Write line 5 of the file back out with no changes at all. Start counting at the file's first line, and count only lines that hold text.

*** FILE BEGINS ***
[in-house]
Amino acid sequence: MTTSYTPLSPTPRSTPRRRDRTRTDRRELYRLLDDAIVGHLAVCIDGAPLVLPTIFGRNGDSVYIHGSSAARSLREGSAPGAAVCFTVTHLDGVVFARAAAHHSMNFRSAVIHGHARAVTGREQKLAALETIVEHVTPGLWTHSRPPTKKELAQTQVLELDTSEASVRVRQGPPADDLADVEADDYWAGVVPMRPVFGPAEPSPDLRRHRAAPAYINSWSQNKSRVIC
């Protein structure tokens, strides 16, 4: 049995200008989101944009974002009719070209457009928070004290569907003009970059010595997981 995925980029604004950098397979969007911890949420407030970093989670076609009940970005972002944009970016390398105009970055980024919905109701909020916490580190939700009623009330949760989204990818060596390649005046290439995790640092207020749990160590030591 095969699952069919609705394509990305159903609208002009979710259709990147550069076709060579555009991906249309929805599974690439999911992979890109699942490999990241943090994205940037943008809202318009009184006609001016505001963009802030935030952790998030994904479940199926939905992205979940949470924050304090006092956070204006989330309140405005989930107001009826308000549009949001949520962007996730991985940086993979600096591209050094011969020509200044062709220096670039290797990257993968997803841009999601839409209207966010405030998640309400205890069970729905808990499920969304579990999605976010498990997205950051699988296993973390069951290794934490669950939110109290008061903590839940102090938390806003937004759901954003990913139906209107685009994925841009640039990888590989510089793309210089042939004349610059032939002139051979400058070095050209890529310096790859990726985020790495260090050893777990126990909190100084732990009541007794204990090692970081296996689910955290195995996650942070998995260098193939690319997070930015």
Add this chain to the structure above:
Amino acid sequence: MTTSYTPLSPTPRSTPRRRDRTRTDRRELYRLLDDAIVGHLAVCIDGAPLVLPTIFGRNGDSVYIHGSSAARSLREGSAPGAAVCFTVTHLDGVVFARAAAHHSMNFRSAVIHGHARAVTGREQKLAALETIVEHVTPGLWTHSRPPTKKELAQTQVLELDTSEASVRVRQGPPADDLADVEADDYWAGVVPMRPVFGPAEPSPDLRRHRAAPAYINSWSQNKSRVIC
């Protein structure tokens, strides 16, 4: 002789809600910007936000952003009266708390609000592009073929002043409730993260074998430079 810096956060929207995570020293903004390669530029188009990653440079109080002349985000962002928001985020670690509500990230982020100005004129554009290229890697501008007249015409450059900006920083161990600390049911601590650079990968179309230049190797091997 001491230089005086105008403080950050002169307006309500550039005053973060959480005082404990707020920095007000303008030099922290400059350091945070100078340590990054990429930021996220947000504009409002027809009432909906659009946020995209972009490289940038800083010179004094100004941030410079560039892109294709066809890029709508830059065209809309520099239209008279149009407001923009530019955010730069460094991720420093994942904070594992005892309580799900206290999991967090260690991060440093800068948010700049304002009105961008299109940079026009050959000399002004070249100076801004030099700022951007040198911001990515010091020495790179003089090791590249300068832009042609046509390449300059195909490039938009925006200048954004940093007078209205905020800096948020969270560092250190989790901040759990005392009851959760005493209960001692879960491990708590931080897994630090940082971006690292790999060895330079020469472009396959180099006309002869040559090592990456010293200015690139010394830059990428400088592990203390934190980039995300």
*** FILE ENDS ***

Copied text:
Amino acid sequence: MTTSYTPLSPTPRSTPRRRDRTRTDRRELYRLLDDAIVGHLAVCIDGAPLVLPTIFGRNGDSVYIHGSSAARSLREGSAPGAAVCFTVTHLDGVVFARAAAHHSMNFRSAVIHGHARAVTGREQKLAALETIVEHVTPGLWTHSRPPTKKELAQTQVLELDTSEASVRVRQGPPADDLADVEADDYWAGVVPMRPVFGPAEPSPDLRRHRAAPAYINSWSQNKSRVIC